“In the short run, the market is a voting machine but in the long run, it is a weighing machine.” Benjamin Graham
You may think that you are immune to the story that management tell you about their companies. However as charities & marketing professionals know, the reality is we are hard-wired to respond to stories far more than facts & figures. The market votes for the stories it likes with capital flows and it can take a long time for those stories to be weighed by actual future results.
Take for example the tale of two companies that I know well. Both are in the business of designing & manufacturing technology products (although in different fields.) Both have recently gone through a difficult period due to increasing commoditisation of their markets. Consequently both companies have undergone restructuring including outsourcing of manufacturing to China to reduce their production costs. However they have taken very different approaches to their accounting treatment of this period. Company A has presented all of their restructuring costs as exceptional costs to be removed from reporting. Company B has presented only a small bad debt as exceptional. Company A has also been regularly capitalising development costs whereas Company A has expensed theirs’. If you took the adjusted figures at face value you would likely conclude that Company A has been the most successful in their turnaround:
And looking at both the company fundamentals & chart the market appears to have voted this way:
|(Blue is company A, Grey is company B, compared from the start of 2014)|
However let's do a bit of weighing.
When we adjust for the capitalised development & exceptionals we get a different story:
Although the net margins for both companies clearly indicate companies undergoing challenges it is Company B that appears to have better navigated those challenges.
Net margins are of course not the only factor to consider. The story that the management of company A are telling is one of strong operational gearing. However when we compare gross margins we see that although company A has done well to increase theirs’ over the last few years they are still 10% below those of company B:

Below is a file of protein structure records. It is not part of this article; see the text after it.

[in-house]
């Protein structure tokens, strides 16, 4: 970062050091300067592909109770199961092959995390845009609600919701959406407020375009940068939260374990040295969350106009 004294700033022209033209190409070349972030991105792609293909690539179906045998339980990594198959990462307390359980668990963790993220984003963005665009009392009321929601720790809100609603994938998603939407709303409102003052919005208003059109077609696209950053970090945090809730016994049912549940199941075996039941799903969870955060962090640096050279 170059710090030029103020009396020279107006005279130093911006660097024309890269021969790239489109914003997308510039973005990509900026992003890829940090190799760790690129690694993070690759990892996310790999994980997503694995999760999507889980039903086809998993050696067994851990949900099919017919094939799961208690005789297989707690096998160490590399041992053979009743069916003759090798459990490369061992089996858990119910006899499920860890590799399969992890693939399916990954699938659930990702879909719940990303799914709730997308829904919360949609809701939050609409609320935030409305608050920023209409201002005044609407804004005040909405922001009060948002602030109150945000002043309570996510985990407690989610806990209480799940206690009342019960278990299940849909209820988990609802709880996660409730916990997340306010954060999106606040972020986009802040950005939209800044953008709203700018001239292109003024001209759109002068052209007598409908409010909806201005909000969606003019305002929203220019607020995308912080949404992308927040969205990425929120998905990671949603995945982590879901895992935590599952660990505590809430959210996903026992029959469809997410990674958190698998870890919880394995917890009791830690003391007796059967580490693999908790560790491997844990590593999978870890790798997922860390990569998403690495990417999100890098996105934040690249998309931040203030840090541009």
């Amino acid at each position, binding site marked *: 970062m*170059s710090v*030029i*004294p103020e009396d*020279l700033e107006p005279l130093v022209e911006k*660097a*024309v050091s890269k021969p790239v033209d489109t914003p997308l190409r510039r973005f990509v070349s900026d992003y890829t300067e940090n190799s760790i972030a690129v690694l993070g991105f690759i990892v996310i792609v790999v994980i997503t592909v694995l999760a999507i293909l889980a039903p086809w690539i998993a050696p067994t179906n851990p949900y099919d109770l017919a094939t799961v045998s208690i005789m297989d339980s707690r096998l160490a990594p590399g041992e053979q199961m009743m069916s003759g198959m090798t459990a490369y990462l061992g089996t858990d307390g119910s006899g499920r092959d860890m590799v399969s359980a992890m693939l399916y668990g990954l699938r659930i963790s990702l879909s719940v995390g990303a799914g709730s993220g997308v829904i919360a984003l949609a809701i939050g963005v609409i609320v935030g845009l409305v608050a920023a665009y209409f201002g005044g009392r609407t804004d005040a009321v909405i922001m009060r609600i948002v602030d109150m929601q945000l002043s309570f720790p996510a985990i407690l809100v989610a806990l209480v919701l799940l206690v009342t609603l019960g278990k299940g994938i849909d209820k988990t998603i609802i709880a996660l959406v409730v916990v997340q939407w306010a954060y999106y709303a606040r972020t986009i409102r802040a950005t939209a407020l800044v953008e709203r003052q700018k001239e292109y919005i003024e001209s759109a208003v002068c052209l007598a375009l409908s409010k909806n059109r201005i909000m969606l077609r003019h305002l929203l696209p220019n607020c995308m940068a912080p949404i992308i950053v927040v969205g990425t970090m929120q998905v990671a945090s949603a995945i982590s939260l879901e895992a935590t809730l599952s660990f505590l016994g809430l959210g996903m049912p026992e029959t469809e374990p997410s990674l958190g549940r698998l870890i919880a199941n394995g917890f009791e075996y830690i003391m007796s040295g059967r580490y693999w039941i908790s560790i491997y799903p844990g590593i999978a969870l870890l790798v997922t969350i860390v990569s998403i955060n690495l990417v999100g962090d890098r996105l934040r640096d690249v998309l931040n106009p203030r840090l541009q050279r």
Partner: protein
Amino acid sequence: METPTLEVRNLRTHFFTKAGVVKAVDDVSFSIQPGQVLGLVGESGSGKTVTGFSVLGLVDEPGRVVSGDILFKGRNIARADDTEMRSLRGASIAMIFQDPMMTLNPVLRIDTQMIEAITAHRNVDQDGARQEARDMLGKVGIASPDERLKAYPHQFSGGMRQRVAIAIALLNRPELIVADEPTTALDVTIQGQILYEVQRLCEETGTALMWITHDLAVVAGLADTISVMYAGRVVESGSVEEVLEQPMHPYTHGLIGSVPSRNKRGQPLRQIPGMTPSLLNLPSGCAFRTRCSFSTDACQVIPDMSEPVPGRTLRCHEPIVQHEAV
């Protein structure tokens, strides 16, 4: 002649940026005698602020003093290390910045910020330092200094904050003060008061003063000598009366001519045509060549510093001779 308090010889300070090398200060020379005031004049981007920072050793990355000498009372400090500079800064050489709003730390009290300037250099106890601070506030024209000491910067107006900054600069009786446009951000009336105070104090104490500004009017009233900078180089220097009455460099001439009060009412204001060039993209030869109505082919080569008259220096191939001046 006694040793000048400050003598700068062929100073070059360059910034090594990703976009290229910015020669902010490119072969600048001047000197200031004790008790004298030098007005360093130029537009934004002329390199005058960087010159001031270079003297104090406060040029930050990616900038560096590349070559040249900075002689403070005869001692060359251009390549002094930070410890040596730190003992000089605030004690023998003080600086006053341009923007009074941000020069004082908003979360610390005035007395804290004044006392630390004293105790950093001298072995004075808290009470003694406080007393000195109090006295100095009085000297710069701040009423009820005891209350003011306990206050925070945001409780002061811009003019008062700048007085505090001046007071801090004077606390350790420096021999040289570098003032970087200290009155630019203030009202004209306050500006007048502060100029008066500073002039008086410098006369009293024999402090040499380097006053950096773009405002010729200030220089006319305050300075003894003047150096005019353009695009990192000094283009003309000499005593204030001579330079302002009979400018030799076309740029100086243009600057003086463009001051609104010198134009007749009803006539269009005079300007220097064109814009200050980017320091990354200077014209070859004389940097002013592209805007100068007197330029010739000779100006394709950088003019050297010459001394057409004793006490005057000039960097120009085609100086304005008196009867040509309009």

It would seem that company B is likely to have better operational gearing and a greater competitive advantage.
Free Cash Flow margins also seem to be the same or better for Company B:
What company A has been successful in doing is driving higher revenue higher, particularly in 2016H2:
|(For ease of comparison revenue of company B has been normalised to company A 2014 H1.)|
Although looking at the previous charts we see it has been at the expense of Net Margins & Free Cash Flow.
In these times of low economic growth in developed markets & record low interest rates the market has been paying a high price for revenue growth. Could this be the source of the difference in rating? I don’t think so since it is company B that has double the broker forecast revenue growth of company A:
All in all it would appear that company A is overvalued or company B is undervalued. Maybe both. It really does matter what story you tell investors and certainly at the moment investors are willing to ignore the adjustments made to tell the story. I think it is telling that company B is run by highly paid turnaround specialists with large stock option grants whereas company B is run by a long term managers. I look forward to the market weighing.